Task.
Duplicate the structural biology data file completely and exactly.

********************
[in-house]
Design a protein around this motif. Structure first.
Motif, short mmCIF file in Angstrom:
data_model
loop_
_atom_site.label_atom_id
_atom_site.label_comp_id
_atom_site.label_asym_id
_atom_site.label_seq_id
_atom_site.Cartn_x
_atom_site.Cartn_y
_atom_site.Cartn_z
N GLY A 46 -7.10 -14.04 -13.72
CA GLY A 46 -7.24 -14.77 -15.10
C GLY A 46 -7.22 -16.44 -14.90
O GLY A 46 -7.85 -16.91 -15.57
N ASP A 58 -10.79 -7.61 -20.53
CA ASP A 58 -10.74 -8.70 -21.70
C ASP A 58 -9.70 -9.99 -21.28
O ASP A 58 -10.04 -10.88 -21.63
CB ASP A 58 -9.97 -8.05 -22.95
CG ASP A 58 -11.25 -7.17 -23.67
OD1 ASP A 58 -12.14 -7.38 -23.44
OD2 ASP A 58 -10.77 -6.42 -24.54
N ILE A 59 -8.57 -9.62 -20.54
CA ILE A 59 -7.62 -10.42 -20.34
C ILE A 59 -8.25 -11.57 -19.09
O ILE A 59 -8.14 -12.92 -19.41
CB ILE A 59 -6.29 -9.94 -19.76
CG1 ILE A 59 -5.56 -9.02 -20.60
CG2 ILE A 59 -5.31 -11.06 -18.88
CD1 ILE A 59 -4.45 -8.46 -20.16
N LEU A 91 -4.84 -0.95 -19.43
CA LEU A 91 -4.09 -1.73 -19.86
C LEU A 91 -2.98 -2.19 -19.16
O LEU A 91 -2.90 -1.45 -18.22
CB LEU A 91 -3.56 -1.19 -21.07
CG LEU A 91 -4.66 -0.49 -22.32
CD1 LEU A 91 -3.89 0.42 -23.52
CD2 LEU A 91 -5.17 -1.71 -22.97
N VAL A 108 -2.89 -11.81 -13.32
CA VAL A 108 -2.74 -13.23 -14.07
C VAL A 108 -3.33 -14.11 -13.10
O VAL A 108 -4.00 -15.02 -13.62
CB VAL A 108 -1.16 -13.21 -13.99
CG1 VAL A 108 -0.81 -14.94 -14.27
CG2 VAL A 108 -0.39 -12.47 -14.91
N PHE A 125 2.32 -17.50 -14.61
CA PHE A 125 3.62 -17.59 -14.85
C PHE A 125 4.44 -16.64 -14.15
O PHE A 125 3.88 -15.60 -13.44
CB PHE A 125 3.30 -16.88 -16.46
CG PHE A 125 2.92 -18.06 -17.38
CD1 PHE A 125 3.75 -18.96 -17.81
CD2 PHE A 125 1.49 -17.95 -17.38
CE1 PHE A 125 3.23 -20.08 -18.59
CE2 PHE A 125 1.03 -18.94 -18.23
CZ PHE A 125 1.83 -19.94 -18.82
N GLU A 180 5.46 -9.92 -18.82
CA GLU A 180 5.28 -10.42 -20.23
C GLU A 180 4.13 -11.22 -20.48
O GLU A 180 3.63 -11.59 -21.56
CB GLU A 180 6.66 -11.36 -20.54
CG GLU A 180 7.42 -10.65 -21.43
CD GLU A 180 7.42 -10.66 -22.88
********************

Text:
[in-house]
Design a protein around this motif. Structure first.
Motif, short mmCIF file in Angstrom:
data_model
loop_
_atom_site.label_atom_id
_atom_site.label_comp_id
_atom_site.label_asym_id
_atom_site.label_seq_id
_atom_site.Cartn_x
_atom_site.Cartn_y
_atom_site.Cartn_z
N GLY A 46 -7.10 -14.04 -13.72
CA GLY A 46 -7.24 -14.77 -15.10
C GLY A 46 -7.22 -16.44 -14.90
O GLY A 46 -7.85 -16.91 -15.57
N ASP A 58 -10.79 -7.61 -20.53
CA ASP A 58 -10.74 -8.70 -21.70
C ASP A 58 -9.70 -9.99 -21.28
O ASP A 58 -10.04 -10.88 -21.63
CB ASP A 58 -9.97 -8.05 -22.95
CG ASP A 58 -11.25 -7.17 -23.67
OD1 ASP A 58 -12.14 -7.38 -23.44
OD2 ASP A 58 -10.77 -6.42 -24.54
N ILE A 59 -8.57 -9.62 -20.54
CA ILE A 59 -7.62 -10.42 -20.34
C ILE A 59 -8.25 -11.57 -19.09
O ILE A 59 -8.14 -12.92 -19.41
CB ILE A 59 -6.29 -9.94 -19.76
CG1 ILE A 59 -5.56 -9.02 -20.60
CG2 ILE A 59 -5.31 -11.06 -18.88
CD1 ILE A 59 -4.45 -8.46 -20.16
N LEU A 91 -4.84 -0.95 -19.43
CA LEU A 91 -4.09 -1.73 -19.86
C LEU A 91 -2.98 -2.19 -19.16
O LEU A 91 -2.90 -1.45 -18.22
CB LEU A 91 -3.56 -1.19 -21.07
CG LEU A 91 -4.66 -0.49 -22.32
CD1 LEU A 91 -3.89 0.42 -23.52
CD2 LEU A 91 -5.17 -1.71 -22.97
N VAL A 108 -2.89 -11.81 -13.32
CA VAL A 108 -2.74 -13.23 -14.07
C VAL A 108 -3.33 -14.11 -13.10
O VAL A 108 -4.00 -15.02 -13.62
CB VAL A 108 -1.16 -13.21 -13.99
CG1 VAL A 108 -0.81 -14.94 -14.27
CG2 VAL A 108 -0.39 -12.47 -14.91
N PHE A 125 2.32 -17.50 -14.61
CA PHE A 125 3.62 -17.59 -14.85
C PHE A 125 4.44 -16.64 -14.15
O PHE A 125 3.88 -15.60 -13.44
CB PHE A 125 3.30 -16.88 -16.46
CG PHE A 125 2.92 -18.06 -17.38
CD1 PHE A 125 3.75 -18.96 -17.81
CD2 PHE A 125 1.49 -17.95 -17.38
CE1 PHE A 125 3.23 -20.08 -18.59
CE2 PHE A 125 1.03 -18.94 -18.23
CZ PHE A 125 1.83 -19.94 -18.82
N GLU A 180 5.46 -9.92 -18.82
CA GLU A 180 5.28 -10.42 -20.23
C GLU A 180 4.13 -11.22 -20.48
O GLU A 180 3.63 -11.59 -21.56
CB GLU A 180 6.66 -11.36 -20.54
CG GLU A 180 7.42 -10.65 -21.43
CD GLU A 180 7.42 -10.66 -22.88